AO: Yes, but also, those who were in power, apart from saying that they had to interrogate line items, were they in fact holding anyone to account?

RS: By my standards, no.

AO: That’s the point!

RS: By my standards, eventually, No.  Because if I was Senate President of Speaker of the House of Reps …

AO: The things you would pick on, or would oversee are not the ones … 

RS: … are not the ones that that they were choosing, because I would be focusing for instance, on human development issues  to drive the country forward education, health, housing, rail and so on. In fact, I would take a view that the House needs to support those issues more, even more than the Executive has put forward, and that that would be a basis for cooperation.  Now in terms of specifics, it turned out that in the last leadership, not only were they not taking a leadership role to say … 

AO: In terms of holding the government to account, yes.

RS: In terms of issues, in terms of saying the government is not doing enough here or there, we propose more houses, more schools, more teachers, and so forth.  And so, we can say that they didn’t play that role, but that is the kind of role that they should be playing and if the Executive is able to impose or make it a tradition, regardless of party, if they make it a tradition that they have a right to impose, then that oversight function does not work any more.

AO: I mean, I think that we’re really in the weeds of Nigerian politics simply because we just haven’t seen … it’s not really a matter of leadership it’s really the fact that we haven’t seen our elected representatives play the role … 

RS: Play the role they’re supposed

AO: … and properly educate themselves about the role that they ought to be playing in this regard, because quite frankly, whichever party you belong to, if you have cogent points to make rather than quote and unquote ‘obstructionist points’, if you have what we like to call constructive criticisms, they can help to drive the development agenda forward but what we’re seeing at the moment, is that if a leadership emerges, let’s say, if the government, if the Executive and the party get their own way, a leadership emerges which is what they want, then the tendency is that the people who will be called: Not that trouble maker who his always asking awkward questions in connection with the oversight role …

RS: human development

AO: …  but this only person who only stands up to say: Can we congratulate so and so on the wonderful job that they’re doing.  So it’s really something we need to have to pay attention to. I should also draw your attention perhaps to – though it’s a story that’s been denied – that the choice of the ruling party for the Senate President was alleged to have said that the Constitution  should be amended to allow our elderly President to run for even more terms than he’s constitutionally entitled to at the moment, and I just thought that we should also flag up that if those are his views – and he’s certainly denied them – but if those are his views that he’s  harbouring in the bosom of his innermost heart the reality of Nigeria’s Constitution is that a constitutional amendment also has to be approved by two thirds of the State Houses of Assembly by a majority vote in each of, in two thirds of the Houses of Assembly, and as it happens, if such a proposal gets, follows party preferences, one would find that the, that no party has a two thirds majority at the State …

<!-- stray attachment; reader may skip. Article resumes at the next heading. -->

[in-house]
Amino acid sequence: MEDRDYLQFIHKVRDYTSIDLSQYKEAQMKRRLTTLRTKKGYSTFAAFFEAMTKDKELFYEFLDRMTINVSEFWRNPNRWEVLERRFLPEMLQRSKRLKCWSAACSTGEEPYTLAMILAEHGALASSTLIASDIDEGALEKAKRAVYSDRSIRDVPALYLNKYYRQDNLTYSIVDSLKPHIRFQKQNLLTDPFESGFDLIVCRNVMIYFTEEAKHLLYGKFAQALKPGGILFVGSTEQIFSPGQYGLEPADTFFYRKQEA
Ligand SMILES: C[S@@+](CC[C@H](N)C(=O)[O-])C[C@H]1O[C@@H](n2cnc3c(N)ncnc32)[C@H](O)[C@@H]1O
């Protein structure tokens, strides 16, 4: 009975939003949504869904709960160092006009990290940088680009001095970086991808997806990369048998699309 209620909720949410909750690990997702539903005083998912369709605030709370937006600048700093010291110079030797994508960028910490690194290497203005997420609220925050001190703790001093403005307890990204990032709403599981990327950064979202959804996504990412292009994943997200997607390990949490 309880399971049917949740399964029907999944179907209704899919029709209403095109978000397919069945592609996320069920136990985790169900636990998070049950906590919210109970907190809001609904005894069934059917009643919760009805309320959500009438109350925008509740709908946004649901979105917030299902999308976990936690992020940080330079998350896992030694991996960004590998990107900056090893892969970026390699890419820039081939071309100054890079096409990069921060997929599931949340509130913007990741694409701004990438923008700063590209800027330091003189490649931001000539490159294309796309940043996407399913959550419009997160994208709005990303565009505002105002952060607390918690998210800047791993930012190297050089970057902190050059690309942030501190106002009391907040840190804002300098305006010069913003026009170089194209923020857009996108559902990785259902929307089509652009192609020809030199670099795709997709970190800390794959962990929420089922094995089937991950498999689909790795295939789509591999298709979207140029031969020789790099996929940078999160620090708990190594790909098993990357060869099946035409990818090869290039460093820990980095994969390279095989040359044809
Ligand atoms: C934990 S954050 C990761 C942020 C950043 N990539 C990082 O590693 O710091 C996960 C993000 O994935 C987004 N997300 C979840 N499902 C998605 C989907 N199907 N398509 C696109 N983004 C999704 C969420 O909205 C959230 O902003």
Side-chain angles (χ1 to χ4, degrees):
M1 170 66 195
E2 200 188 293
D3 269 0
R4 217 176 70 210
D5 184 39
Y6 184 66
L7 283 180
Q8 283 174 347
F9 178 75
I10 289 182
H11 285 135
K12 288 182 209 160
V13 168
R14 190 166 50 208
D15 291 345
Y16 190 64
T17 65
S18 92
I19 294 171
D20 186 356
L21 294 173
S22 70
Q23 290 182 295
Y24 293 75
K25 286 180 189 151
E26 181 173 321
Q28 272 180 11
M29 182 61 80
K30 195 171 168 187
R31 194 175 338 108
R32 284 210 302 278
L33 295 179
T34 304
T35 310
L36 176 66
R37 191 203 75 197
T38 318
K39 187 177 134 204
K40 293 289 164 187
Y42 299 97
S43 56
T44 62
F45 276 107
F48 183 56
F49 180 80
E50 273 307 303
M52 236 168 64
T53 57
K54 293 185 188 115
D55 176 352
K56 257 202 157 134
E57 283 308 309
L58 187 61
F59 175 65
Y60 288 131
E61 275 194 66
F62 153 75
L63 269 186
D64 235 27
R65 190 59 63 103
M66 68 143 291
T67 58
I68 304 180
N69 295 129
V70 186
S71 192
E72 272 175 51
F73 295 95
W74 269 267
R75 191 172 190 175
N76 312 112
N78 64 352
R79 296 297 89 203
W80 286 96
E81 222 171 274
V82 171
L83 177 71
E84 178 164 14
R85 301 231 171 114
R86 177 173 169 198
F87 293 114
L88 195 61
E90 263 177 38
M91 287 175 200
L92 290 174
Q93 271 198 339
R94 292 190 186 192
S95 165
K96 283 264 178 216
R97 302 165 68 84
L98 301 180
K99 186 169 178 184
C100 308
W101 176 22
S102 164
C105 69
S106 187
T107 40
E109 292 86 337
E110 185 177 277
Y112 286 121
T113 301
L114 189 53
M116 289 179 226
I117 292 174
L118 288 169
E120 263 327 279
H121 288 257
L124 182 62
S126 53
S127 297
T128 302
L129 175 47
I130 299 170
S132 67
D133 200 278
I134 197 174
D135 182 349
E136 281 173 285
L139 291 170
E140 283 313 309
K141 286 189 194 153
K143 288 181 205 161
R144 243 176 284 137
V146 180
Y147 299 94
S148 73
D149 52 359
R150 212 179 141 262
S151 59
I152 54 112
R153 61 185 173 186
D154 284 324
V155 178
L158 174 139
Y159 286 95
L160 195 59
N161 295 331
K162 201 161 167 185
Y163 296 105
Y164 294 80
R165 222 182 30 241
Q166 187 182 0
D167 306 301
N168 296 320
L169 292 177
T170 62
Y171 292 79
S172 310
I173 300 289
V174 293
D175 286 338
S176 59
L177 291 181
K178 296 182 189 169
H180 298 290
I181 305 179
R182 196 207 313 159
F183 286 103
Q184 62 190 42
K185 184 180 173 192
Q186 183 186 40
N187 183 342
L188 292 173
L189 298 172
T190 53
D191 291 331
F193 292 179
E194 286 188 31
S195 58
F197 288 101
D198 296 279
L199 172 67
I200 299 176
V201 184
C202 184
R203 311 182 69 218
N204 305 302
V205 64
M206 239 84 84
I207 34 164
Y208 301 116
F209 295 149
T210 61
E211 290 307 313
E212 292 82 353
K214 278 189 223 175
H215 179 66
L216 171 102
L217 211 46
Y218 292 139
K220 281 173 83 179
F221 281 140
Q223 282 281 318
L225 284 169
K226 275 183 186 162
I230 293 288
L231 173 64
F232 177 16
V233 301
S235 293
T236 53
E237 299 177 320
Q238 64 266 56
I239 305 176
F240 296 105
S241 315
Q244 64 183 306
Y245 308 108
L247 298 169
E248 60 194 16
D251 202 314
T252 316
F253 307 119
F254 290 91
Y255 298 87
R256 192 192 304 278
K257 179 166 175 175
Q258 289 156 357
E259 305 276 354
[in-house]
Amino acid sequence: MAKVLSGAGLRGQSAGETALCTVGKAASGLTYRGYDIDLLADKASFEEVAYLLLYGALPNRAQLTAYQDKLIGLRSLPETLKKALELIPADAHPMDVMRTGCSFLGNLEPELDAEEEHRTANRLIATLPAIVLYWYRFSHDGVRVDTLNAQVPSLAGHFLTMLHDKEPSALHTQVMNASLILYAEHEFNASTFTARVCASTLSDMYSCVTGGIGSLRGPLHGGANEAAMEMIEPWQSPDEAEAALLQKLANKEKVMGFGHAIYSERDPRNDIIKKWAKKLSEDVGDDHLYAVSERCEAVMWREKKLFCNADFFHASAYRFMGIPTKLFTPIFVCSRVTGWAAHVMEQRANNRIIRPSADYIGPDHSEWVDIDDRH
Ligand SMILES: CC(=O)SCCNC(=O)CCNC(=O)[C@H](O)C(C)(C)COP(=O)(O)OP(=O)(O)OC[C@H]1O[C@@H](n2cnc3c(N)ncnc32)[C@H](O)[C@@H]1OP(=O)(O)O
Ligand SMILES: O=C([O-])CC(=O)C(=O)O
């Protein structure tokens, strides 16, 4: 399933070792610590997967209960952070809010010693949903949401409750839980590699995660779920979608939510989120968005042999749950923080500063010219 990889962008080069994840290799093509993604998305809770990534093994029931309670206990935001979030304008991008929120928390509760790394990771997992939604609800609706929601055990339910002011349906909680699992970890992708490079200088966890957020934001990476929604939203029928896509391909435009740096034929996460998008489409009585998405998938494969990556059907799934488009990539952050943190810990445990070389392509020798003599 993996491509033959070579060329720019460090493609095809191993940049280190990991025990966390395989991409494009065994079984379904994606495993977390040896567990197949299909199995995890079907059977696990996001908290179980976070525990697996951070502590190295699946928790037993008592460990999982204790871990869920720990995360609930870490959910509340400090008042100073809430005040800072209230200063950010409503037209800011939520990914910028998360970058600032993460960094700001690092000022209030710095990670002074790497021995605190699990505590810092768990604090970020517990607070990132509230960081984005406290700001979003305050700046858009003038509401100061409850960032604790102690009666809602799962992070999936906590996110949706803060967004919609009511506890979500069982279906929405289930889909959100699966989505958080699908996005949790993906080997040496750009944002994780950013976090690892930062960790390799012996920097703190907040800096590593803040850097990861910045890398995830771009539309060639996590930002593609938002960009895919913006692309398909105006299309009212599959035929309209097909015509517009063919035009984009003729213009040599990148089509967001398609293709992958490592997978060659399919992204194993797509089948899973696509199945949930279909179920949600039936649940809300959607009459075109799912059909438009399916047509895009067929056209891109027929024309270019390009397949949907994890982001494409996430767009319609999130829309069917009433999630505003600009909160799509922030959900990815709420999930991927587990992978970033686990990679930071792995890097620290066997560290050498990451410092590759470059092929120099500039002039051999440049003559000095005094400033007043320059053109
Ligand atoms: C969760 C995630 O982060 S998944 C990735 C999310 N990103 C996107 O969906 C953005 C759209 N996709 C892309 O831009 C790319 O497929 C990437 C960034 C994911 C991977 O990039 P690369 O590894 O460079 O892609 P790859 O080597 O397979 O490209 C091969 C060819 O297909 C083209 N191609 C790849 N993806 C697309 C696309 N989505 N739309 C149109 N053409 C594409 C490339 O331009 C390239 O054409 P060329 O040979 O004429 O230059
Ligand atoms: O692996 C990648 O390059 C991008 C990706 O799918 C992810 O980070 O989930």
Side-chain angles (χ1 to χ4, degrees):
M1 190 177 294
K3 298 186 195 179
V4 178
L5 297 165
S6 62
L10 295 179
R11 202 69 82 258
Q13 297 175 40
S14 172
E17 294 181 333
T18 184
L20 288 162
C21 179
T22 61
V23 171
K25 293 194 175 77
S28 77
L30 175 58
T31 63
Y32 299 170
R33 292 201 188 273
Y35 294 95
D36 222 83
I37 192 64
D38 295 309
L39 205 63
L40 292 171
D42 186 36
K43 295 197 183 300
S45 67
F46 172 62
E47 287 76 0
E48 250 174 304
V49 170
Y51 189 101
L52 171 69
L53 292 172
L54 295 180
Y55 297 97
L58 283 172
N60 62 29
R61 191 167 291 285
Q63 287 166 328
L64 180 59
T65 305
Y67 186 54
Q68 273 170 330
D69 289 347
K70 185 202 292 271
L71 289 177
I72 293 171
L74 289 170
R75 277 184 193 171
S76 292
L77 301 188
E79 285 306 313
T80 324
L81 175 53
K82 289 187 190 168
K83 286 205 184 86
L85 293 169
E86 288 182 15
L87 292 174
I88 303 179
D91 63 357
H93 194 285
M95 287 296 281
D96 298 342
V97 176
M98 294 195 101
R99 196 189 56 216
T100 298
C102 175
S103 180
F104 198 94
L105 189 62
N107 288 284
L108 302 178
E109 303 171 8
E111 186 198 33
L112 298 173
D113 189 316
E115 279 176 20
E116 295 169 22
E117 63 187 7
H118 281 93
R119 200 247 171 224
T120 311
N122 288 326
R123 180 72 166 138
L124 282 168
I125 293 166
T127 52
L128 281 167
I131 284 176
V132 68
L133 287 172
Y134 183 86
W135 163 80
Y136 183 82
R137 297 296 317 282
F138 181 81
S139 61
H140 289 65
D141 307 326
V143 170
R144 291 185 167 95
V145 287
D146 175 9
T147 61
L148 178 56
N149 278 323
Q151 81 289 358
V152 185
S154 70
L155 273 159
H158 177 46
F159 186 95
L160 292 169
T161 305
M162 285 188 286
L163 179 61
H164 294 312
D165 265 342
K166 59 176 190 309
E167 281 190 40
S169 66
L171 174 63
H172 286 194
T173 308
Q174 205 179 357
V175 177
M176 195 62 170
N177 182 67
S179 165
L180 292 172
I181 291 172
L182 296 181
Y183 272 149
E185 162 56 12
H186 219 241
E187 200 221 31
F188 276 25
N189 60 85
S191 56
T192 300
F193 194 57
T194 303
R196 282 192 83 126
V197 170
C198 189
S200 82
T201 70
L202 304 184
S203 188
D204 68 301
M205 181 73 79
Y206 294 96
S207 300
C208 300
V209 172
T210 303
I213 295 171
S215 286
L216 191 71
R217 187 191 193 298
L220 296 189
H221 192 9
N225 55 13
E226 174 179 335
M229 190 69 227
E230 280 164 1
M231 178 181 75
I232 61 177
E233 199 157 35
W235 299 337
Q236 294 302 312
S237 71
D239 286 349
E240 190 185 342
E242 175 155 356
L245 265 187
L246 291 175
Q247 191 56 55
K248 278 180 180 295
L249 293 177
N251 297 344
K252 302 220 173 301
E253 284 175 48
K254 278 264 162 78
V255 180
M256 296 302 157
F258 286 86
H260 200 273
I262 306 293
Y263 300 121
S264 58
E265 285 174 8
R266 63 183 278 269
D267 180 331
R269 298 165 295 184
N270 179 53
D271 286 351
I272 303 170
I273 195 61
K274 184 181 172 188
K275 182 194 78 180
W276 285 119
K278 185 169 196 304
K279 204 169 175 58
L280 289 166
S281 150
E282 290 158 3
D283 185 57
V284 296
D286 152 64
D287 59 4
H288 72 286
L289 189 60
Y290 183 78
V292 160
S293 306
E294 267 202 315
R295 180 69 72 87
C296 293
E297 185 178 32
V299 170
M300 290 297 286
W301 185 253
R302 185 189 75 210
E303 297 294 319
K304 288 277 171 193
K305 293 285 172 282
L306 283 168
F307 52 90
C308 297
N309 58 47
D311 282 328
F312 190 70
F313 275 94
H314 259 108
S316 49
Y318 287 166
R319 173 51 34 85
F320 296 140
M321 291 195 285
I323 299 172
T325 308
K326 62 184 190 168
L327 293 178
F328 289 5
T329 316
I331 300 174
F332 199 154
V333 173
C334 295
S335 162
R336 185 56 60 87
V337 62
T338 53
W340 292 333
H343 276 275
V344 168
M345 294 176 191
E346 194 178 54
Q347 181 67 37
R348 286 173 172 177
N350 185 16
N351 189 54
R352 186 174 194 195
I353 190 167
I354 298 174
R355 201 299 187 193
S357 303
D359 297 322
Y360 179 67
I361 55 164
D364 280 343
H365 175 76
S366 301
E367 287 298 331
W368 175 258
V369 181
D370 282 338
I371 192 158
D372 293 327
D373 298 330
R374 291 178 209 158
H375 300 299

RS: … at the state  level

AO: at the State House of Assembly level.

RS: Which is another important reason why we need to pay attention to what happens in the National Assembly, because once the Rivers elections are over – hopefully on the 13th of April – the attention switches to the National Assembly.  And as Adams Oshiomhole said when he met with the APC members of the National Assembly, he said (and I quote): “We have the numbers to change the Constitution even if we want.”

AO: You don’t!

RS: And I felt actually Mr. Chairman of APC, you don’t.

AO: Absolutely not!

RS: You have the numbers in one chamber, in one house of the National Assembly … 

AO: … which is the …

RS: …which is the House of Reps. 

AO: Yes, but you don’t have two thirds of the Senate. 

RS: Yes.  But more importantly, if you look at the requirement which you just mentioned, that they also need two thirds of the States, then they don’t have that.   So the public education is really important because anybody that would have been watching that meeting,